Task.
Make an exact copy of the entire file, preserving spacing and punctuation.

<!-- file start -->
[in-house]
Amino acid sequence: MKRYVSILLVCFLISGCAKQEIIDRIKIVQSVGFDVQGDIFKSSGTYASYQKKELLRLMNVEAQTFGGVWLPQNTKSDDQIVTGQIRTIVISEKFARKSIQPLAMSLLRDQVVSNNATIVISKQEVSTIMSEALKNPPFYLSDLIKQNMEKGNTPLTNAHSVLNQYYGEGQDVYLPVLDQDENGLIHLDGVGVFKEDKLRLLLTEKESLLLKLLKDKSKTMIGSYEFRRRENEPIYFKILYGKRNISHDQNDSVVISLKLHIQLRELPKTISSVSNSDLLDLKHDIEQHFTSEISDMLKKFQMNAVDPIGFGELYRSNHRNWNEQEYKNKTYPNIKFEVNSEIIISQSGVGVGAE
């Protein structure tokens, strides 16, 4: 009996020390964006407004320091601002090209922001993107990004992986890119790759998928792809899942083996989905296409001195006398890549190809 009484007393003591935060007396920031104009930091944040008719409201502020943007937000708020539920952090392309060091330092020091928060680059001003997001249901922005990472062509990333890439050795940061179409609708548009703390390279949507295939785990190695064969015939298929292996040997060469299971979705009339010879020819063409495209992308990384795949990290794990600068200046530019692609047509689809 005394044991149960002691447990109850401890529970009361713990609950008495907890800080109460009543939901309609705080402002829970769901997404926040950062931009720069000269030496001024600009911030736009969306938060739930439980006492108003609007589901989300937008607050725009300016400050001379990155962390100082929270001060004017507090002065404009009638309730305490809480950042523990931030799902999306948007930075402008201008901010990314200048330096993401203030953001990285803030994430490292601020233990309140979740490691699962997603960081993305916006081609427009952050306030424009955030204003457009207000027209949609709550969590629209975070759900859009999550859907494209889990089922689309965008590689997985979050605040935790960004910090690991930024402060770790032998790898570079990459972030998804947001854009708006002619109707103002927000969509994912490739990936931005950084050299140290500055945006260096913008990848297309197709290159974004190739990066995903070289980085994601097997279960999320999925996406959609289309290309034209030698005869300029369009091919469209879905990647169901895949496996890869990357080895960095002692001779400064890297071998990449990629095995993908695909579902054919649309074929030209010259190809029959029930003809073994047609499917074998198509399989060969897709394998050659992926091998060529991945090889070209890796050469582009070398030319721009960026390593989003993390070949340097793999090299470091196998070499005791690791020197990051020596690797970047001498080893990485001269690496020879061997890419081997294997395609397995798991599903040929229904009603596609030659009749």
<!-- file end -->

[in-house]
Amino acid sequence: MKRYVSILLVCFLISGCAKQEIIDRIKIVQSVGFDVQGDIFKSSGTYASYQKKELLRLMNVEAQTFGGVWLPQNTKSDDQIVTGQIRTIVISEKFARKSIQPLAMSLLRDQVVSNNATIVISKQEVSTIMSEALKNPPFYLSDLIKQNMEKGNTPLTNAHSVLNQYYGEGQDVYLPVLDQDENGLIHLDGVGVFKEDKLRLLLTEKESLLLKLLKDKSKTMIGSYEFRRRENEPIYFKILYGKRNISHDQNDSVVISLKLHIQLRELPKTISSVSNSDLLDLKHDIEQHFTSEISDMLKKFQMNAVDPIGFGELYRSNHRNWNEQEYKNKTYPNIKFEVNSEIIISQSGVGVGAE
């Protein structure tokens, strides 16, 4: 009996020390964006407004320091601002090209922001993107990004992986890119790759998928792809899942083996989905296409001195006398890549190809 009484007393003591935060007396920031104009930091944040008719409201502020943007937000708020539920952090392309060091330092020091928060680059001003997001249901922005990472062509990333890439050795940061179409609708548009703390390279949507295939785990190695064969015939298929292996040997060469299971979705009339010879020819063409495209992308990384795949990290794990600068200046530019692609047509689809 005394044991149960002691447990109850401890529970009361713990609950008495907890800080109460009543939901309609705080402002829970769901997404926040950062931009720069000269030496001024600009911030736009969306938060739930439980006492108003609007589901989300937008607050725009300016400050001379990155962390100082929270001060004017507090002065404009009638309730305490809480950042523990931030799902999306948007930075402008201008901010990314200048330096993401203030953001990285803030994430490292601020233990309140979740490691699962997603960081993305916006081609427009952050306030424009955030204003457009207000027209949609709550969590629209975070759900859009999550859907494209889990089922689309965008590689997985979050605040935790960004910090690991930024402060770790032998790898570079990459972030998804947001854009708006002619109707103002927000969509994912490739990936931005950084050299140290500055945006260096913008990848297309197709290159974004190739990066995903070289980085994601097997279960999320999925996406959609289309290309034209030698005869300029369009091919469209879905990647169901895949496996890869990357080895960095002692001779400064890297071998990449990629095995993908695909579902054919649309074929030209010259190809029959029930003809073994047609499917074998198509399989060969897709394998050659992926091998060529991945090889070209890796050469582009070398030319721009960026390593989003993390070949340097793999090299470091196998070499005791690791020197990051020596690797970047001498080893990485001269690496020879061997890419081997294997395609397995798991599903040929229904009603596609030659009749």